If something is on the Internet, then it’s online forever. We are using many chat apps and intelligent assistants, like Apple’s Siri, Microsoft’s Cortana, Amazon’s Alexa and Google’s Assistant. And while we do so, there is a question: what about our privacy? While Apple is using protection of users’ privacy in its marketing, what about social networks like Facebook and its Mesenger and WhatsApp? Personally, I don’t trust Facebook and I’m using no apps from Facebook, both mobile and desktop, including Messenger, which I replaced with Telegram.
Report from bloomberg.com says that Facebook paid hundreds of outside contractors to transcribe user audio clips from its Messenger app. Employees who worked on the transcription were not told why Facebook needs conversations to be transcribed, and also Facebook did not say how it obtained voice records or where were these records recorded.
Facebook said to Bloomberg that it canceled audio transcribing more then week ago.
Facebook is in partnership with firm TaskUs, which transcribes Messenger communication. It’s the same firm that reviews Facebook content for possible policy violations.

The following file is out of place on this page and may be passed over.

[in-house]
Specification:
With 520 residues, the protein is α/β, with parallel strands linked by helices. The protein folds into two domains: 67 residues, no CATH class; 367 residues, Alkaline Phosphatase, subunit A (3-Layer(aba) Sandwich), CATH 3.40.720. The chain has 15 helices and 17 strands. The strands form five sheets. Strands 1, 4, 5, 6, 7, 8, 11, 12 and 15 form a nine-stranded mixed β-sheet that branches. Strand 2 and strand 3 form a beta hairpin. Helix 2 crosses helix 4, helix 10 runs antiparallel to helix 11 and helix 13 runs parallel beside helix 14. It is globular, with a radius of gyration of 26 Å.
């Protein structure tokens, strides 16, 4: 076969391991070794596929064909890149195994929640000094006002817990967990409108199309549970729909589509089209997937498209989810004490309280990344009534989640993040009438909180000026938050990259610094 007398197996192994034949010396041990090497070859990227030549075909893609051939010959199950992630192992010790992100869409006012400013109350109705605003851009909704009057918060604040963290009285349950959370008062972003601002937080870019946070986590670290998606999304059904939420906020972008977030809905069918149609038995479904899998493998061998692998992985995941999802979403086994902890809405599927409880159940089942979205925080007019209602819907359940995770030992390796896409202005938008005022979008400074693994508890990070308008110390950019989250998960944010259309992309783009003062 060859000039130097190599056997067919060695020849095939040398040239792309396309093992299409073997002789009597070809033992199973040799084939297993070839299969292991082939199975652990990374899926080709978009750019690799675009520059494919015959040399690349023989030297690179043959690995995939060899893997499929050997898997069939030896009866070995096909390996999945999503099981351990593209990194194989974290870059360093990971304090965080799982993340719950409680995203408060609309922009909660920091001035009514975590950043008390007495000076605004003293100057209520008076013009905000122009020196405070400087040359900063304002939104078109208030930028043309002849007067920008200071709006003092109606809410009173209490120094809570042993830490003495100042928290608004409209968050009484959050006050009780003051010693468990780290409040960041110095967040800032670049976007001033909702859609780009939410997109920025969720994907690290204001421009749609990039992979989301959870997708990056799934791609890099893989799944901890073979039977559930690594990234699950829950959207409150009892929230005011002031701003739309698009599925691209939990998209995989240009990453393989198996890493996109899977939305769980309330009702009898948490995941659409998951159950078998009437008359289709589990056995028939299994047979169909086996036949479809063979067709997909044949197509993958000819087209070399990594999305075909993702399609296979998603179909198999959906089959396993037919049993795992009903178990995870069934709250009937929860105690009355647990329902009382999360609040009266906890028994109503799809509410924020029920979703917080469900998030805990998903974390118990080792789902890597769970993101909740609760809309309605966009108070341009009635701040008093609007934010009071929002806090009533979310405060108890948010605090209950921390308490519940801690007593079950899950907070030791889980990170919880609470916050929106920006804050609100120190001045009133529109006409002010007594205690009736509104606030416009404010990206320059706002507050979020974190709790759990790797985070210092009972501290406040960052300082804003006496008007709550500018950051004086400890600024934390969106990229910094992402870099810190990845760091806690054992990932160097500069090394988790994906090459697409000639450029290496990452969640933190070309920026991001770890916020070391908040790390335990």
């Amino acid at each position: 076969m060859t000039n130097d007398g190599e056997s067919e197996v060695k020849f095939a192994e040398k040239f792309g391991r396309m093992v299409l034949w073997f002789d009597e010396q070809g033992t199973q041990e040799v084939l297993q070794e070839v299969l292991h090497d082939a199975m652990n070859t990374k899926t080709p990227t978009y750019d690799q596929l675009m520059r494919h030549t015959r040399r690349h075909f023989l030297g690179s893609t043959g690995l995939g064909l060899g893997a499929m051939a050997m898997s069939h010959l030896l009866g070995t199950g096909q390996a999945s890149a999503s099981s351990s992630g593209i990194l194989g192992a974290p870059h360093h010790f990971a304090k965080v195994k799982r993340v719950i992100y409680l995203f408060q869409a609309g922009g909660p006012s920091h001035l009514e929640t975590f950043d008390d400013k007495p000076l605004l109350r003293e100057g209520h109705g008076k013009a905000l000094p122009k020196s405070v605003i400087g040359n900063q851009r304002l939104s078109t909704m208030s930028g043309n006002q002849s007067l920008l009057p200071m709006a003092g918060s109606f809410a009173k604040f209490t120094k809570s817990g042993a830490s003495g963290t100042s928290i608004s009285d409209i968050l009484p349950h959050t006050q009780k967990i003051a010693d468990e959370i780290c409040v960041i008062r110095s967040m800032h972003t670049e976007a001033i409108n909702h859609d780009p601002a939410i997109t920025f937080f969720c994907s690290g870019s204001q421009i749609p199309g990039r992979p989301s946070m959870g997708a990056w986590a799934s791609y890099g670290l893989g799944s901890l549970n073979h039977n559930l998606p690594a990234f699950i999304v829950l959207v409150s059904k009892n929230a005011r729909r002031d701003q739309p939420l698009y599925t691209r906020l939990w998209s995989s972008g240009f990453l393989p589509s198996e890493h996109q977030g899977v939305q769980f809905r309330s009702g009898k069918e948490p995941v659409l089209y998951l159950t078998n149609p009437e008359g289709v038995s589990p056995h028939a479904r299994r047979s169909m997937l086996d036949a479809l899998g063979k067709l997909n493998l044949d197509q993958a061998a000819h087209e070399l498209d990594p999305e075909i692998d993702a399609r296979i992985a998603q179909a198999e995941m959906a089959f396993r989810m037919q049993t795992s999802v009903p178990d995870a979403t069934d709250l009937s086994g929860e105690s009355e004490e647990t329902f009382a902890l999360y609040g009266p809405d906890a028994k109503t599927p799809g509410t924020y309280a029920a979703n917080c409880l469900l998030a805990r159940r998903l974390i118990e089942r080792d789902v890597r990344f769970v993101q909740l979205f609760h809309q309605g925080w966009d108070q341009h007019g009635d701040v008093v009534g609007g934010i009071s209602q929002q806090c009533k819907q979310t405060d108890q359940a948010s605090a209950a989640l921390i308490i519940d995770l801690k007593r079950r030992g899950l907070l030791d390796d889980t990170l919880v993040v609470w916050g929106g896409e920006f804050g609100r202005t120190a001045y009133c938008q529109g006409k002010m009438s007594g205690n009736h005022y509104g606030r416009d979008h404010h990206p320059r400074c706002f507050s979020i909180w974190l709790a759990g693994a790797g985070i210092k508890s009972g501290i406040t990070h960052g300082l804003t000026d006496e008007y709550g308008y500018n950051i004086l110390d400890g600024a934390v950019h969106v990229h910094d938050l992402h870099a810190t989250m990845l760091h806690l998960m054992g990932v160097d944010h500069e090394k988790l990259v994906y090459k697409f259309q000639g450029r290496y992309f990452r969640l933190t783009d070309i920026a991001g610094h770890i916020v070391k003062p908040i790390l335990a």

Facebook says its “systems automatically process content and communications you and others provide to analyze context and what’s in them.” It includes no mention of other human beings screening the content. In a list of “types of third parties we share information with” Facebook didn’t mention a transcription team, but vaguely refers to “vendors and service providers who support our business” by “analyzing how our products are used.”
There is also worth of mention what Mark Zuckerberg told U.S. Senator Gary Peters in April 2018:
You’re talking about this conspiracy theory that gets passed around that we listen to what’s going on on your microphone and use that for ads”, said Zuckerberg. “We don’t do that.”
In follow-up answers for Congress, the company said it “only accesses users’ microphone if the user has given our app permission and if they are actively using a specific feature that requires audio (like voice messaging features)”. But company did not say what happens to voice records afterward.
The Facebook data-use policy, revised last year to make it more understandable for the public, includes no mention of audio. It does, however, say Facebook will collect “content, communications and other information you provide” when users “message or communicate with others.”
Facebook first started allowing Messenger users to have their audio transcribed in 2015. And because many common users of mobile platforms just approve all system requirements, like microphone access, without detailed reviewing for what it should be used/abused for, and because almost everybody do not reads privacy policies, it makes a gold mine for Facebook.